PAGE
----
Meet Abhejit Rajagopal, PhD, UCSF Postdoctoral Scholar

By Abhejit Rajagopal, PhD
Abhejit Rajagopal, PhD

It's National Postdoc Appreciation Week, a time to recognize the significant contributions that postdoctoral scholars make to research and discovery. Here at the UCSF Center for Intelligent Imaging (ci2) postdoctoral scholars play a key role and work closely with our principal investigators (PIs). We caught up with Abhejit Rajagopal, PhD, postdoctoral scholar, and asked him a few questions about how he got into AI in medicine, projects he's working on and more!

Dr. Rajagopal is an electrical engineer by training, with a background in electromagnetics, signal processing, and numerical analysis. He began his scientific journey in and out labs at UC Irvine and UCLA, learning to fabricate, model, and image nanoscale transistors. While attending graduate school at UC Santa Barbara, he discovered the fascinating art of image reconstruction: (making pictures of objects from measured data) and have been applying neural networks and non-linear regressors to various imaging modalities ever since. After that, he came to UCSF.

"I joined UCSF for my postdoc to apply my deep learning techniques to the medical domain, finding applications in both enhanced imaging but also in enhanced cancer classification capabilities," says Dr. Rajagopal.

Tell us about the types of projects you are working on.

So many! There are three specific areas I've been developing at UCSF, and one long-term vision. Since I joined in 2019, I've been working in the PET/MRI space, trying to increase the resolution and consistency of next-generation PET imaging using machine learning (the subject of my NIH-F32 postdoc grant). Our team has achieved this by combining deep learning predictions (i.e., UNet) with physical measurements from the sensor, to strictly improve performance. The obvious clinical application of this work is enhanced image quality and quantification of disease!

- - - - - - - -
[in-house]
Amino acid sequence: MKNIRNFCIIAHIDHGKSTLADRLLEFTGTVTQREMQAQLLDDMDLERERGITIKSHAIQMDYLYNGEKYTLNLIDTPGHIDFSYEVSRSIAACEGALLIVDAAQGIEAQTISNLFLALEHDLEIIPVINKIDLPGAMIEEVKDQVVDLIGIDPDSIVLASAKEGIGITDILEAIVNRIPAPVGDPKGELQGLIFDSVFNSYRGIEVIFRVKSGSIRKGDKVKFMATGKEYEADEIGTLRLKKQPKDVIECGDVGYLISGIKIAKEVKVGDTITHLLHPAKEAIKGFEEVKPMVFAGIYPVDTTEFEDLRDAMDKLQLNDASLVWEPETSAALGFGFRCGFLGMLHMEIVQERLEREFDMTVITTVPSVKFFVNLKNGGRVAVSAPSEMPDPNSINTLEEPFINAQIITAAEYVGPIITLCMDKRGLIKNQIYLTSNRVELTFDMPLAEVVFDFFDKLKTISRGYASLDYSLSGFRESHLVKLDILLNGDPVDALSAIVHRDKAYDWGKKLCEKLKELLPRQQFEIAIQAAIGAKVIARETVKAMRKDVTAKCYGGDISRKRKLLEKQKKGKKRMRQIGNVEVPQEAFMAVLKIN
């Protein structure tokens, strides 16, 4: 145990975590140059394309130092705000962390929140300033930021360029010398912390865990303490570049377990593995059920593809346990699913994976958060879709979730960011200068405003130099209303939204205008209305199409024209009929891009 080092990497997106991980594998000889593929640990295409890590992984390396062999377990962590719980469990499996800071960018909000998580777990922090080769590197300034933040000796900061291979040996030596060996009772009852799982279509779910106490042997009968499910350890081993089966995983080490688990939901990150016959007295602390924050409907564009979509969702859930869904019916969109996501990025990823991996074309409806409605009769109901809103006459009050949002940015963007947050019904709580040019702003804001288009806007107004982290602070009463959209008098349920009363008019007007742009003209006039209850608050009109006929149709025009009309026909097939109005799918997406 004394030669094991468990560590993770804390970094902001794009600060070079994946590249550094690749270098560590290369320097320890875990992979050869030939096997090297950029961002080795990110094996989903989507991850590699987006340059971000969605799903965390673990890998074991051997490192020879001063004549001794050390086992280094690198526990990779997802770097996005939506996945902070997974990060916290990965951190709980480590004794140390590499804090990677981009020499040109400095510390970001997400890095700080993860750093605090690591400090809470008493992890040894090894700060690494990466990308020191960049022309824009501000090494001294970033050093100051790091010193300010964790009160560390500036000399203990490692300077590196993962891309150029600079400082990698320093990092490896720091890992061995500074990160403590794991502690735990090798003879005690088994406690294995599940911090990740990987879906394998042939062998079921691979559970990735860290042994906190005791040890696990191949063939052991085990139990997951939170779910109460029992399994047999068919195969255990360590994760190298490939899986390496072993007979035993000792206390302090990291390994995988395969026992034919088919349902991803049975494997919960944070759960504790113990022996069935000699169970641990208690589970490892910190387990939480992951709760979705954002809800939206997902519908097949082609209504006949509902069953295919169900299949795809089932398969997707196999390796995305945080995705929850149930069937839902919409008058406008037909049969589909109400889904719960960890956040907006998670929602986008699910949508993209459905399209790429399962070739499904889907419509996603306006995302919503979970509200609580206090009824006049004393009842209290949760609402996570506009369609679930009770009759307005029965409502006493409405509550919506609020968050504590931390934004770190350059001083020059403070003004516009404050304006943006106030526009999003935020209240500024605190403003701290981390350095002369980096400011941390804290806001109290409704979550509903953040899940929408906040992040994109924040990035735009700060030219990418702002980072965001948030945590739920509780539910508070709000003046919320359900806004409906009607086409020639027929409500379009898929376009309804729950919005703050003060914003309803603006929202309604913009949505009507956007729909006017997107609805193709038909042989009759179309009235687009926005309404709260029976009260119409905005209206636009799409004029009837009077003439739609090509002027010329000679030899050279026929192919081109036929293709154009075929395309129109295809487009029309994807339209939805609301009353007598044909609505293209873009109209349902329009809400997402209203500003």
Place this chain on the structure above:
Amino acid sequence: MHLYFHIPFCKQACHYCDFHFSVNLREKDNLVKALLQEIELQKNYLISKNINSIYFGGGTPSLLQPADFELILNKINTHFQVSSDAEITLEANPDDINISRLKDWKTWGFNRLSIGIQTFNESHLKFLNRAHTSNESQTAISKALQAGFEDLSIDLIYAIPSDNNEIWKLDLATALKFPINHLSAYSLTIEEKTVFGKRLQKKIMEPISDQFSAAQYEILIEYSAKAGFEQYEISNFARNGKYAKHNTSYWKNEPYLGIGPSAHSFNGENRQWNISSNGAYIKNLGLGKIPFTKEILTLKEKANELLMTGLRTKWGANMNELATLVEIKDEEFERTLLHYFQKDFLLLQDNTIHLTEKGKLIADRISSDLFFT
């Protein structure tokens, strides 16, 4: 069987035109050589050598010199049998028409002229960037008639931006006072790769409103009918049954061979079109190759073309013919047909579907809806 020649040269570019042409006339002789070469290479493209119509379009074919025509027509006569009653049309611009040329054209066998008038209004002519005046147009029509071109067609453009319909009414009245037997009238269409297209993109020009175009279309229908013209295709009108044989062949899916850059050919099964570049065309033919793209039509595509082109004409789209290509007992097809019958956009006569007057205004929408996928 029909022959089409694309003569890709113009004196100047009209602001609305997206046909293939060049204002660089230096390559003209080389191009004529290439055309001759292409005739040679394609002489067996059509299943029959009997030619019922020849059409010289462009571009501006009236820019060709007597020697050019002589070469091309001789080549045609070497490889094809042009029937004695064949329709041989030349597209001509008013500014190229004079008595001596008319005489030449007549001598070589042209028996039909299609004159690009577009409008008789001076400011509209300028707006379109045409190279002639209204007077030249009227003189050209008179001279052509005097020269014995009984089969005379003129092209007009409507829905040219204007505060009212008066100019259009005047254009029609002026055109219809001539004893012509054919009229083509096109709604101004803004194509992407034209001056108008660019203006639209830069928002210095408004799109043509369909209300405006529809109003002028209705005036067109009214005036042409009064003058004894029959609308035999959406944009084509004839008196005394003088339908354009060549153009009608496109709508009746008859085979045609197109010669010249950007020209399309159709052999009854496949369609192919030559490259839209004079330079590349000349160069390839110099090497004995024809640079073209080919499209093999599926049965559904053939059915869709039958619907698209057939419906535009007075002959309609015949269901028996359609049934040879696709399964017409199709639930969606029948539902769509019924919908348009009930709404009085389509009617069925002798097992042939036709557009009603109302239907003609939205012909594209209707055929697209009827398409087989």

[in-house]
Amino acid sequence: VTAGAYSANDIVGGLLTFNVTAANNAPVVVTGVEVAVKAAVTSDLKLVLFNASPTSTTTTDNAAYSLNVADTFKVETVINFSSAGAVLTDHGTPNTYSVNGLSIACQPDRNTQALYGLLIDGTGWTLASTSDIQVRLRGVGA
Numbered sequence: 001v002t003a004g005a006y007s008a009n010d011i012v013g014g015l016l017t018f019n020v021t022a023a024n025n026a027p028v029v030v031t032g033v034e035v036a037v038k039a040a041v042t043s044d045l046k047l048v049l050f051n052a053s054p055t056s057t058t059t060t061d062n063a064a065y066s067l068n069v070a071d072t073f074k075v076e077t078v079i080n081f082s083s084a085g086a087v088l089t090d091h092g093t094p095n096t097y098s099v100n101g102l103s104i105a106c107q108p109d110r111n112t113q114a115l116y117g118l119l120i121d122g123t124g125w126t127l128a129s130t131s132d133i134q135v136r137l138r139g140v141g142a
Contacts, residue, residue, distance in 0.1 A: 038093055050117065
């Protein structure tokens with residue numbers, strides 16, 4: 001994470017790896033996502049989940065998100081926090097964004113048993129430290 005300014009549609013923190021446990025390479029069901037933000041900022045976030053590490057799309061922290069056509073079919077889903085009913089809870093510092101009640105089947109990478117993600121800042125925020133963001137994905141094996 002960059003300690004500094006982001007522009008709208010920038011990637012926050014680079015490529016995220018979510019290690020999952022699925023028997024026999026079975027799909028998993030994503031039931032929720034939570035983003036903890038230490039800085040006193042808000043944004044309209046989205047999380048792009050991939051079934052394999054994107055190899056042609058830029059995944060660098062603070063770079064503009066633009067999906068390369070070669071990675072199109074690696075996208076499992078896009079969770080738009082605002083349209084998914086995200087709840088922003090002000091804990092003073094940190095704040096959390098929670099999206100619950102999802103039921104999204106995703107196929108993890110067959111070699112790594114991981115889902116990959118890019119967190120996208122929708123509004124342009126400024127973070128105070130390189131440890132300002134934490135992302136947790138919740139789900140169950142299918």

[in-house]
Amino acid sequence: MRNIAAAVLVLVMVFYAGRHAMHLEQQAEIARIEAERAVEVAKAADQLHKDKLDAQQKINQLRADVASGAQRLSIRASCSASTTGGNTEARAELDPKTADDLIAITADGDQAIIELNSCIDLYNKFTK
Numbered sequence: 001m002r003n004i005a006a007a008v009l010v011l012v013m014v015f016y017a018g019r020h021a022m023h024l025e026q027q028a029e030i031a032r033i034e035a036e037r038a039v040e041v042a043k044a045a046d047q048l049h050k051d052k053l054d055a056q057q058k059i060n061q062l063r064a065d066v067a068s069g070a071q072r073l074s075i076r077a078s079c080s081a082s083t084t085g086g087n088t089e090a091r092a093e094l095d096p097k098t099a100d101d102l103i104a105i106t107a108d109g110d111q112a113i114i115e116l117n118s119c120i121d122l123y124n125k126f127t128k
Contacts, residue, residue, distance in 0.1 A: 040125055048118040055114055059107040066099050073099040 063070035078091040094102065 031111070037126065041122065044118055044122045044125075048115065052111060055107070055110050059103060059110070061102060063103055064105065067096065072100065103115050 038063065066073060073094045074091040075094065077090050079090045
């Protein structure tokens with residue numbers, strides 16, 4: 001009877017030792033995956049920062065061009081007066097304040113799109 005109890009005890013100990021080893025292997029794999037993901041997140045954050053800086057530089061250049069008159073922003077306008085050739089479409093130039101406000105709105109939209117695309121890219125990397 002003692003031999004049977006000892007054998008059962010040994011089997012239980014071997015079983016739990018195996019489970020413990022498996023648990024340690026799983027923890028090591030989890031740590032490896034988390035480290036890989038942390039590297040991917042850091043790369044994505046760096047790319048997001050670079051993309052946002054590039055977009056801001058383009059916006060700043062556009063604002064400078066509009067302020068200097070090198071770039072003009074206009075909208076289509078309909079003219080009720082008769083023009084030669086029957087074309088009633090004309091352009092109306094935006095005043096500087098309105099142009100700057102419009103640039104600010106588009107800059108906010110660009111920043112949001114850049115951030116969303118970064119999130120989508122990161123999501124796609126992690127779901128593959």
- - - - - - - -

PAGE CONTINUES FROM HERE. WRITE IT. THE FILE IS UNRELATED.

Another project I've been working on with Kirti Magudia, MD,PhD (former UCSF Radiology clinical fellow) is using deep learning to enable enhanced prostate cancer classification from MRI. This has the potential to improve prostate MRI-based screening by providing predicted “cancer maps” to the clinician, which can be used for both image-based staging of disease as well as for biopsy and radiotherapy treatment - the subject of a recent pilot award I have with Jessica Scholey, MS (UCSF ci2 member and clinical instructor with UCSF Radiation Oncology).

The third project I’ve been working on is understanding and improving the generalization capabilities of neural networks. As deep learning increases in adoption in radiology and medicine as whole, my goal is to make sure clinicians know when—and why—they can trust AI-generated predictions. Our team has achieved this by analyzing the nodes of deep learning algorithms to quantify out-of-distribution predictions.

My vision for the next stage of my career is to utilize machine learning to build better, more affordable, point-of-care medical imaging technologies that leverage state of the art scanners only available in well-funded hospitals.

Which UCSF Radiology and UCSF ci2 PIs have you worked with?

I've been working primarily with Peder Larson, PhD and Thomas Hope, MD in the Advanced Imaging Technologies group. However, we love collaboration, so drop us a line if any of our work interests you!